• developing understandings about learner variability and how to plan for it from the outset
There are a few really great platforms now to choose what your school can use effectively for real-time reporting. It’s about choosing what aligns with your vision and which device and platform are accessible for all (students and parents/whānau in particular)

A school I was recently working with uses the LINC-ED platform across their Yr 1-6 school. A shift to move towards students driving the learning pathway posts was developing. One thing that was noticeable was the platform wasn’t user friendly for younger students. Students had difficulty logging in independently and the process for uploading images and learning artefacts was clunky. There was a gap in inclusion for these students and this didn’t align with part of the school’s vision around empowering students. 

The junior syndicate leader started trialling another platform (Seesaw) and gathered enough evidence for the rest of the syndicate to adopt this approach.  The teachers all came together, developed their own capabilities to feel more confident to build digital literacies with their students so all students could be empowered to post and share their own learning.

Digital

  • technological adoption that we need to be focused on in terms of impact on culture
  • demonstrate a level of digital fluency required to participate fully
  • need to be ‘cyber-safe’ and the significance of their digital identity and the digital footprint
Integrating digital citizenship, formative feedback and literacy.  This is to provide a shared writing experience and  was particularly effective in a Year 1 class.

The teacher shares a learning post with the class or smaller group. The purpose is to demonstrate how we respond in positively constructive ways online. This is an important skill for learners to understand and develop especially when we consider as they grow older this might support cyber-safety in social media contexts. 

 

St Anthony’s School (Seatoun) students collaborate over projects using Micro:Bit and Sphero. Image courtesy of CORE Education

Process Theme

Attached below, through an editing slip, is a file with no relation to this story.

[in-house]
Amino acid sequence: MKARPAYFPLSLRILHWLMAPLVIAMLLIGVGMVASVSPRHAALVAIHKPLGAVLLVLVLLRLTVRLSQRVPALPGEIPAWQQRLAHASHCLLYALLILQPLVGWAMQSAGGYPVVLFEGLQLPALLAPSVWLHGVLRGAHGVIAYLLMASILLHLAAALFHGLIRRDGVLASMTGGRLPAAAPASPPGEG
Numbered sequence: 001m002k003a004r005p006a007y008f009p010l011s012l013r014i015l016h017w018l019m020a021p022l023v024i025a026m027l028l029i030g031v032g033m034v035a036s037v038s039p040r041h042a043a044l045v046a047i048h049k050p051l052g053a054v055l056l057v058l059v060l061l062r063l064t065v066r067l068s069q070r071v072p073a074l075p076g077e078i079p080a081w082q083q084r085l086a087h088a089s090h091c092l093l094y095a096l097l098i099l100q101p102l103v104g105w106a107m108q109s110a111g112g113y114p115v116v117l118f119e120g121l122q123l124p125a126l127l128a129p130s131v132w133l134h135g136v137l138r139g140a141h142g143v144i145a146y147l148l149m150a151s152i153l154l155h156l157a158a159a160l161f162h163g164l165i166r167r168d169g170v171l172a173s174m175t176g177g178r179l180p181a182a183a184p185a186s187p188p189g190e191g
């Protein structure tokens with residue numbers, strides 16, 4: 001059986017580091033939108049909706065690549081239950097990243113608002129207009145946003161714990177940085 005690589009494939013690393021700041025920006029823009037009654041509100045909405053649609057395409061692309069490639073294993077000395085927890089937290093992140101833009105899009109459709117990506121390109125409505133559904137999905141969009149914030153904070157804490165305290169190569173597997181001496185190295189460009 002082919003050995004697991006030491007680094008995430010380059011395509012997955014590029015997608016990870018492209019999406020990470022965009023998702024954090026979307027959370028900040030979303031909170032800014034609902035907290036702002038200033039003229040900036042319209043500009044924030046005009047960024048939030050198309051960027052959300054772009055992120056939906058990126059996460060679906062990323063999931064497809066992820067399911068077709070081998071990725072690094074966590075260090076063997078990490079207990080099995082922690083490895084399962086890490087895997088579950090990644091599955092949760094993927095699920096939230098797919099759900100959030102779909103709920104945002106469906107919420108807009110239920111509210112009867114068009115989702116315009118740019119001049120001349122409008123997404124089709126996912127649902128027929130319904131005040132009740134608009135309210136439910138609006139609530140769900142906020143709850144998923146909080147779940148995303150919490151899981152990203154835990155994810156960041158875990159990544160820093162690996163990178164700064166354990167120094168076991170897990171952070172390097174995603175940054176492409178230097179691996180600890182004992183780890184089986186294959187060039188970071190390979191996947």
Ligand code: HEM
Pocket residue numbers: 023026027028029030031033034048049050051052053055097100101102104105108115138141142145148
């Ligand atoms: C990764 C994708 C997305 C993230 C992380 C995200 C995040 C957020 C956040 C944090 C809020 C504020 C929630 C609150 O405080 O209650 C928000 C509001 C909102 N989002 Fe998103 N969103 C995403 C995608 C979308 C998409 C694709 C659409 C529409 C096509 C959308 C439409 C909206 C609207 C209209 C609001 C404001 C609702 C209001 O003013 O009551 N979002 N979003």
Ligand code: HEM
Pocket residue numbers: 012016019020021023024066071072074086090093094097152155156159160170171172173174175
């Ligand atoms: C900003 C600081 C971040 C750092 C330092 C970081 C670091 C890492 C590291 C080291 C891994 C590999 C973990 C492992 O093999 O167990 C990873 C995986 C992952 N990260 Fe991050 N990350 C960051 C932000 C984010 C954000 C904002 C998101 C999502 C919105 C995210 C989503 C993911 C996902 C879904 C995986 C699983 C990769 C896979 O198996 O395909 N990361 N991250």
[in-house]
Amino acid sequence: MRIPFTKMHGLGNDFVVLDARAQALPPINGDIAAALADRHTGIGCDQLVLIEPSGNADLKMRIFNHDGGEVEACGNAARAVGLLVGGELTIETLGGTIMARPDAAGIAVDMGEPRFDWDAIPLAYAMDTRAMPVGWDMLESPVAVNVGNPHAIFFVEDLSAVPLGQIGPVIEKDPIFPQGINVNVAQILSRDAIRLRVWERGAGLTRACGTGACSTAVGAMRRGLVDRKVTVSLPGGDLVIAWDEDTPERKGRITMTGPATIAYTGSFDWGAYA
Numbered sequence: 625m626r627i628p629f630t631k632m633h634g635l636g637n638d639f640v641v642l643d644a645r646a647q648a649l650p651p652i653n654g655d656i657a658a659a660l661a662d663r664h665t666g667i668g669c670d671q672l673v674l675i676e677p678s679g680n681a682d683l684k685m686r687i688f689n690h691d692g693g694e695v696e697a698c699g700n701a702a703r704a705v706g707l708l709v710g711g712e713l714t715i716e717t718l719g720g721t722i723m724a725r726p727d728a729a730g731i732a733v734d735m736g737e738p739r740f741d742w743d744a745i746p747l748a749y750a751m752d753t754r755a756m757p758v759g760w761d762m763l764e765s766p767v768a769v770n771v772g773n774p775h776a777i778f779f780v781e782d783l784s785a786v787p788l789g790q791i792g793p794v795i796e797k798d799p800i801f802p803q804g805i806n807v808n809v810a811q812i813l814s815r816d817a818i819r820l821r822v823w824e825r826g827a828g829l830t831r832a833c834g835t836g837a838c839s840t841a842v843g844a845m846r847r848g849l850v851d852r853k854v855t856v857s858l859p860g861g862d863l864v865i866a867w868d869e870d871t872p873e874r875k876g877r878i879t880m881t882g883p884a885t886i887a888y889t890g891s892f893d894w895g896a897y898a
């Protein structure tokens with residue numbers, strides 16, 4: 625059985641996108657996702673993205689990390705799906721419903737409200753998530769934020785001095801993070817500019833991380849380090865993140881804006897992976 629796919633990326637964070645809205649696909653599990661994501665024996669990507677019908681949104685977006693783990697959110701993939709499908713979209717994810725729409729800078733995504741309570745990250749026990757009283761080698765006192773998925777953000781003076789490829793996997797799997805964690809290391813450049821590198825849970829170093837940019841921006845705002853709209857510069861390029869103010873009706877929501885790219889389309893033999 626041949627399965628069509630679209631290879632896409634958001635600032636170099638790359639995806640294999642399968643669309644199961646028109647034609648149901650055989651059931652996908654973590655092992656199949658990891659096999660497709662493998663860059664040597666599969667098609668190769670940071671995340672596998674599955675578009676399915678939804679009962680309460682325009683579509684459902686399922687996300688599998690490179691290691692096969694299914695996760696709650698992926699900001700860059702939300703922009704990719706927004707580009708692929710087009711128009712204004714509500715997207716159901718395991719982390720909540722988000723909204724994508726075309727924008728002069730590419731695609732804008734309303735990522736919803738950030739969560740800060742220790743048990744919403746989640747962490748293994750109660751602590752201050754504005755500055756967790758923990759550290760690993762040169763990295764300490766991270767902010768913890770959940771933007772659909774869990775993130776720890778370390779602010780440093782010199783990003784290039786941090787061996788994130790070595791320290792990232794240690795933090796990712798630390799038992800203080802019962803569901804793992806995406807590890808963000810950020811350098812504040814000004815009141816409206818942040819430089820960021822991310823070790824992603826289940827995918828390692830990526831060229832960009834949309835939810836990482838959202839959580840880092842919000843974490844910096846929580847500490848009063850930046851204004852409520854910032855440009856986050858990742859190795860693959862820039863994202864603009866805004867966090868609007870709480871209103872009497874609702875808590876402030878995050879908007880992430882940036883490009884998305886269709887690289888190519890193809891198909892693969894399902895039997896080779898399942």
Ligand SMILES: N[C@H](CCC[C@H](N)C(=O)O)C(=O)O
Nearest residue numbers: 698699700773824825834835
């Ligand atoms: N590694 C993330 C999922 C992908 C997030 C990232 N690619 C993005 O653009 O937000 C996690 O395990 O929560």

Process is about the way we do things. Having healthy systems and processes in place will ensure that real-time reporting avoids creating frustration, anxiety and tension, and enables the changes to roles and approaches that real-time reporting brings.

Good processes allow us to consider students’ journey through their learning pathways and how we record and report on progress and achievement. We’ll need to focus on planning for up-to-date information to parents/caregivers/whānau and other teachers on a child’s progress, without having to wait for the twice yearly reports and how all this information travels with them. We also need to be mindful to constantly evaluate and examine our ways of doing, being, and knowing, especially to reduce the administrative workload around reporting.

Changes to reporting need to match pedagogical shifts. For example, one of the principles of effective reporting and information sharing is around the move to using digital technologies that enable parents and whānau to see their child’s progress on-line in real time.

What does this look like in a practical sense for real-time reporting?

Significant influences

Practical application

A maturing of Kāhui Ako/ clusters

  • increased emphasis on the benefits of collaboration 
  • operate interdependently and as powerful ecologies of learning
One of the goals for the North Porirua Kāhui Ako (NPKA) digital technologies PLD is to strengthen relationships and sharing of practice across the Kāhui Ako.